Zoo Atlanta is home to the nation’s largest collection of gorillas, now with 24 individuals living in distinct social groups. The Zoo is a recognized center of excellence for the care and research of these critically endangered great apes. Since 1988, 19 gorillas have been born at Zoo Atlanta, 17 of whom still live on grounds!

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Remy the Orangutan Finds a Surrogate Mother

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An infant ape who journeyed from Texas to be fostered by one of the nation’s best surrogate mothers is now beginning to explore his outdoor habitat. Remy, a 4-month-old male Sumatran Orangutan from the Fort Worth Zoo, is adjusting well and has been accepted by Madu, a 27-year-old Sumatran Orangutan at Zoo Atlanta. The infant, whose full name is Rembulan Wajah (Rembulan means “moon;” Wajah, “face,” in Indonesian) was born on November 26, 2010. His biological mother became very ill and was unable to care for Remy. Although she has since improved, she remains under close veterinary supervision. The Orangutan Species Survival Plan (SSP) identified Madu as the top candidate for surrogacy, as she has successfully reared two previous foster infants.

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Photo credits: Courtesy of Zoo Atlanta

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Zoo Atlanta's Panda Cub Gets a Name!

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100 days is a long time to wait for a proper name, but today Zoo Atlanta's little Panda cub got a name: "Po!" It's no coincidence that the cub's name might sound familiar to fans of Kung Fu Panda. DreamWorks sponsored the naming of the little cub in exchange for funding Zoo Atlanta's panda conservation efforts. Additionally, DreamWorks will continue to fund efforts at China's Chengdu Research Base of Giant Panda Breeding, a facility we have covered in the past. The cub is now 11lbs and took his first steps a few days ago. See the cubs progress as covered by ZooBorns at birth and four weeks.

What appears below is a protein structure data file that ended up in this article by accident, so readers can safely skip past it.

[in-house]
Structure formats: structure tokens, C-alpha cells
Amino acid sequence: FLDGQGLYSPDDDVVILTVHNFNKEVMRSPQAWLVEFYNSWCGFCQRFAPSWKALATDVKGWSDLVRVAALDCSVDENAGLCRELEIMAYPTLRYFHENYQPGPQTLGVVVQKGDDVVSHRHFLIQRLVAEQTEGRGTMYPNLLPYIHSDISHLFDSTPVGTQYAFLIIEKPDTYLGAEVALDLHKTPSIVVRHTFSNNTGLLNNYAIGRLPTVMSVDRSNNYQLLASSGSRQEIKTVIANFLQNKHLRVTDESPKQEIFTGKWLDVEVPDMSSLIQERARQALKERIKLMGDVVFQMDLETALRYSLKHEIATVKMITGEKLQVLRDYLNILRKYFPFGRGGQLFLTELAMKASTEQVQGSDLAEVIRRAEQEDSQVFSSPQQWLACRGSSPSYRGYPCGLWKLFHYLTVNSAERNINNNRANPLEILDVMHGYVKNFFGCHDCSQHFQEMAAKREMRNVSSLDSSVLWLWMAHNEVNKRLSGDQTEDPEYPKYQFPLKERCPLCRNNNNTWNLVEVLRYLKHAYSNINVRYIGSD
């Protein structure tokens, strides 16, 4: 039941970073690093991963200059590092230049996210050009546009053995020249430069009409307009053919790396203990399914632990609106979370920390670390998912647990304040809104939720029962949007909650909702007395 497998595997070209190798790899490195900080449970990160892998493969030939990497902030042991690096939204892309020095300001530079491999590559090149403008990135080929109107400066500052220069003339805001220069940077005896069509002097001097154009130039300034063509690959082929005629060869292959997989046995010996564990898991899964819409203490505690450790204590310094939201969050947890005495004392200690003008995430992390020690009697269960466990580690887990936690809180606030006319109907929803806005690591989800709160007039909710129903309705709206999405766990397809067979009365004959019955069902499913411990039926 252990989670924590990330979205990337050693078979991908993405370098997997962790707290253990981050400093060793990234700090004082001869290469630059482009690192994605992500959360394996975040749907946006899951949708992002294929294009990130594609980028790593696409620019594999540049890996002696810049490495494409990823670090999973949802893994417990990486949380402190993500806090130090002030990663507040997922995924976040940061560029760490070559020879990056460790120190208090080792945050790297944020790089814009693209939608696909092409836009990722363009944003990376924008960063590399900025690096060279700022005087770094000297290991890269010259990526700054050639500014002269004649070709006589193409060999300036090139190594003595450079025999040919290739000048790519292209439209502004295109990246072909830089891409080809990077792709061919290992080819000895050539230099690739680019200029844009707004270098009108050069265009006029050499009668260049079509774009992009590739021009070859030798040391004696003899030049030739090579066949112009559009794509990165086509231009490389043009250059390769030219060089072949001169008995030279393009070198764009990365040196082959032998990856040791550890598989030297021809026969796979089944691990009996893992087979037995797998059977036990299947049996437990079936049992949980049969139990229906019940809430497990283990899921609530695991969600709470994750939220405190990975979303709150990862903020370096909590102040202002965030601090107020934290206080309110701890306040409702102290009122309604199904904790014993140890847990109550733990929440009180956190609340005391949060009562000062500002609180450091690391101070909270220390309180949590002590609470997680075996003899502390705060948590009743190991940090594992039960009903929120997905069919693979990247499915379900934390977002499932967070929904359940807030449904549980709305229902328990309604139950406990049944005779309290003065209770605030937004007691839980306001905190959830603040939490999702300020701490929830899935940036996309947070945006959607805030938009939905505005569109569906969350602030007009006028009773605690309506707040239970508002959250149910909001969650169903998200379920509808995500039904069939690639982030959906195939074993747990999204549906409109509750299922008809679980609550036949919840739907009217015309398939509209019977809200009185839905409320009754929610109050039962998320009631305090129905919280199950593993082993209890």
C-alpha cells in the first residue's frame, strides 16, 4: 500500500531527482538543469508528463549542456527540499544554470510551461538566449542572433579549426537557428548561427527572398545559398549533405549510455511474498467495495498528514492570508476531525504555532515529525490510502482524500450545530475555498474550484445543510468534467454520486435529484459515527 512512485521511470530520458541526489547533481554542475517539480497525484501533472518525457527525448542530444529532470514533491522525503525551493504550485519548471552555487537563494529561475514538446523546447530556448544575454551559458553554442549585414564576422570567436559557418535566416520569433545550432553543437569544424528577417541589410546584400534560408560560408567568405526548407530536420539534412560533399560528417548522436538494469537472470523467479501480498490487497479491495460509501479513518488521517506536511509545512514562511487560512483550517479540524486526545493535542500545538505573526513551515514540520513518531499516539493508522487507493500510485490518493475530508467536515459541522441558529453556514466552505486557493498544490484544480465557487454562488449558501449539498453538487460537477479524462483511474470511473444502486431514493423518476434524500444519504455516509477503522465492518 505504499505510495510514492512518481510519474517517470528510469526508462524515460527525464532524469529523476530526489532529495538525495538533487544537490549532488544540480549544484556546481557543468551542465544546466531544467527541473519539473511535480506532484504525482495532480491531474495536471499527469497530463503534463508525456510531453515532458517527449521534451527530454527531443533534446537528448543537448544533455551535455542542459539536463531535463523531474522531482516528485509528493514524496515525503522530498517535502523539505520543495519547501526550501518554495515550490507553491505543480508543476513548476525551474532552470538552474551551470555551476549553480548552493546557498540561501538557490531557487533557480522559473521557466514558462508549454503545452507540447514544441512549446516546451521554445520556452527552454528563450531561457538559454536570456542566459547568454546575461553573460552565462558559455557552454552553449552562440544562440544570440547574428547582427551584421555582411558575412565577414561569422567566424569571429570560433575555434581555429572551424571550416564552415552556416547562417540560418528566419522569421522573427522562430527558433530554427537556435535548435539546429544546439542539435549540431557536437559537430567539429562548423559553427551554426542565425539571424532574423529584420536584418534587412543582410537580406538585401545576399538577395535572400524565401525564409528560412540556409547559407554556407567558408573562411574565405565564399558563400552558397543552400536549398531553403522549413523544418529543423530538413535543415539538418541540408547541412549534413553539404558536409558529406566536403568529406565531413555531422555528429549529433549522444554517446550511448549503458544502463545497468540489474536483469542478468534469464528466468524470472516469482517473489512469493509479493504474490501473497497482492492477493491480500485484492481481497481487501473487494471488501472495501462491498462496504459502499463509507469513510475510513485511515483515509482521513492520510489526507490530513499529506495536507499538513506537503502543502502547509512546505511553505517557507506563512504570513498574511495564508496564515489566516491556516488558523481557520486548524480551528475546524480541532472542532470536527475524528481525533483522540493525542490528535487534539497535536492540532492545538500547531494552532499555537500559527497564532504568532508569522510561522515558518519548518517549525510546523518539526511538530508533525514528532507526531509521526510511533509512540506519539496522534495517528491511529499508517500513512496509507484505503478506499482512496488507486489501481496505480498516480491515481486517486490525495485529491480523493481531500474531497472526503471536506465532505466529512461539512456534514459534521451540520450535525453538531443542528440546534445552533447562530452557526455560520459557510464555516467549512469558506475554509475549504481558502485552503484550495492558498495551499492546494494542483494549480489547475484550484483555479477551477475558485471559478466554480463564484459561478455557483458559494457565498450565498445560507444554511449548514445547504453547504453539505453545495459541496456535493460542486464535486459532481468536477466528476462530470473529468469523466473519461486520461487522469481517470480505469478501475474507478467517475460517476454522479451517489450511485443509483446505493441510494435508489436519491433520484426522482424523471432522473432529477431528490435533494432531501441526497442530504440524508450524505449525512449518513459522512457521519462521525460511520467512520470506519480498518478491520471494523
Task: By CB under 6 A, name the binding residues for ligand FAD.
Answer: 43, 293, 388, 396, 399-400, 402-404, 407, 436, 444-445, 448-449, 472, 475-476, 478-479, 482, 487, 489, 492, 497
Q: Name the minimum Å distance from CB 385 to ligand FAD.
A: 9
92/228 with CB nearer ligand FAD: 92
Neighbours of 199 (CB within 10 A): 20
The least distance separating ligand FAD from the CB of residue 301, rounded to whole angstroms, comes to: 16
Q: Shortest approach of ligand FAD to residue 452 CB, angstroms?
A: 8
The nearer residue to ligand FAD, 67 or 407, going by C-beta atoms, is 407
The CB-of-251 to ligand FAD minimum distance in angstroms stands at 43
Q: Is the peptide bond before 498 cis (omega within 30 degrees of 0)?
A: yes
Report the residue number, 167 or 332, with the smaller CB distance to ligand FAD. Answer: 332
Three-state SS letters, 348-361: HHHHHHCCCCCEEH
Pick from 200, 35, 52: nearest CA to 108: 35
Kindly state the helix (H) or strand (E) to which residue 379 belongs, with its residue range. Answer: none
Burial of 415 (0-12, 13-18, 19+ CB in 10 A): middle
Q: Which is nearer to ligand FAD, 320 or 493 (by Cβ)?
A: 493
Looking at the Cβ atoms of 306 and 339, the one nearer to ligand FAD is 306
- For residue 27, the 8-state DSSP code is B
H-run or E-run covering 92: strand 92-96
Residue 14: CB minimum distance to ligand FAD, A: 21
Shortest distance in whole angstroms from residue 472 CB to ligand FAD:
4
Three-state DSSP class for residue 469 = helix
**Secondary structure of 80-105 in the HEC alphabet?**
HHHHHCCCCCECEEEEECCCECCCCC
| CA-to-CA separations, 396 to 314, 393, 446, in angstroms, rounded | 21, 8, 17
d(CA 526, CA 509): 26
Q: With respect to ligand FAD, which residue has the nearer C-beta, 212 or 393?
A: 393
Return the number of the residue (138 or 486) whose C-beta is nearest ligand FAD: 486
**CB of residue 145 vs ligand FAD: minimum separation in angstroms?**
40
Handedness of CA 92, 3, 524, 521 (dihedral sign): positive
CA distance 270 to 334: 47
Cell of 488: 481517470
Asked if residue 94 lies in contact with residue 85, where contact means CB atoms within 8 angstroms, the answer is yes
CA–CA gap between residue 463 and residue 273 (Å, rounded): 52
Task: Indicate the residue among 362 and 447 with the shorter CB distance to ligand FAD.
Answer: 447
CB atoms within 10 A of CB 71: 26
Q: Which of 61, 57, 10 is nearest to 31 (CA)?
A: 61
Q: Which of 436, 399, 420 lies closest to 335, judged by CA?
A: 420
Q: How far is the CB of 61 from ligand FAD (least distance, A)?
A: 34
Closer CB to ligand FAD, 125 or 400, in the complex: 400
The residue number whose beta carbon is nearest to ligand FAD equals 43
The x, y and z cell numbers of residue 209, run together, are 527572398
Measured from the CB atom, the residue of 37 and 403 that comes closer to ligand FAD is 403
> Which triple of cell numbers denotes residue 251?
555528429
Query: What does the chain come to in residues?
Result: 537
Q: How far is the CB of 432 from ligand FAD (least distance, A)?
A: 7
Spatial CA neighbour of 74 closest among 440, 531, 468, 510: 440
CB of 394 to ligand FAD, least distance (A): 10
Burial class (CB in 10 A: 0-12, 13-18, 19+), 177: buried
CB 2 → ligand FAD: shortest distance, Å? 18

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Peaceful Panda Cub Debuts in Atlanta

Giant Panda mom, Lun-Lun, gave birth to a tiny pink cub on November 3rd at Zoo Atlanta. At that time, the cub was hairless and helpless, like all panda cubs at that age. One month later, the cub is hairy but still helpless as we see in this special behind-the-scenes veterinary check-up video below. Heather Baker Roberts, Carnivore Keeper II, gave a detailed update yesterday on the Zoo's panda blog. "The cub is becoming more active each day. When Lun Lun leaves him alone, he wiggles and exercises his muscles. He works one back leg as if to scratch himself or he manages to turn himself around on the floor.

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(continued from above "Most importantly, he can right himself when he ends up on his back.  Just last week, if he accidentally rolled onto his back while Lun Lun was away, he was very unhappy – flailing his legs in the air and squawking loudly until Lun Lun rushed back and picked him up. He was like a stranded tortoise! But now he has developed enough muscle strength to roll himself over onto his stomach fairly quickly when he is supine. I am actually surprised he can roll over at all since his belly is so fat, but I have seen him do it several times in recent days. This is a big step for the little guy!"


First Panda Born in the U.S. in 2010: Zoo Atlanta

Lun Lun, a 13-year-old female Giant Panda at Zoo Atlanta, gave birth to her third cub on November 3, 2010. The cub, born at 5:39 a.m. in a specially-prepared birthing den in the Zoo’s giant panda building, is the only giant panda to be born in the U.S. in 2010. Lun Lun appears to be providing appropriate care for her cub, which is roughly the size of a cell phone. The Animal Management and Veterinary Teams will continue round-the-clock monitoring of mother and cub, and a preliminary veterinary checkup will be performed as soon as staff is able to remove the cub without disrupting maternal care.

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Photo credits: Zoo Atlanta

You can also view Lun Lun and her baby on the Zoo's pandacam.

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First Glimpse of Atlanta's New Gorilla Infant

The great ape whose name has become synonymous with motherhood has a new outlet for her considerable parenting skills. Kuchi, a 25-year-old western lowland gorilla, gave birth to an infant overnight Saturday at Zoo Atlanta. The newborn is the third offspring for Kuchi and 20-year-old silverback Taz, who is also the father of fraternal twins Kali and Kazi, 4.

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Photo Credits: Courtesy of Zoo Atlanta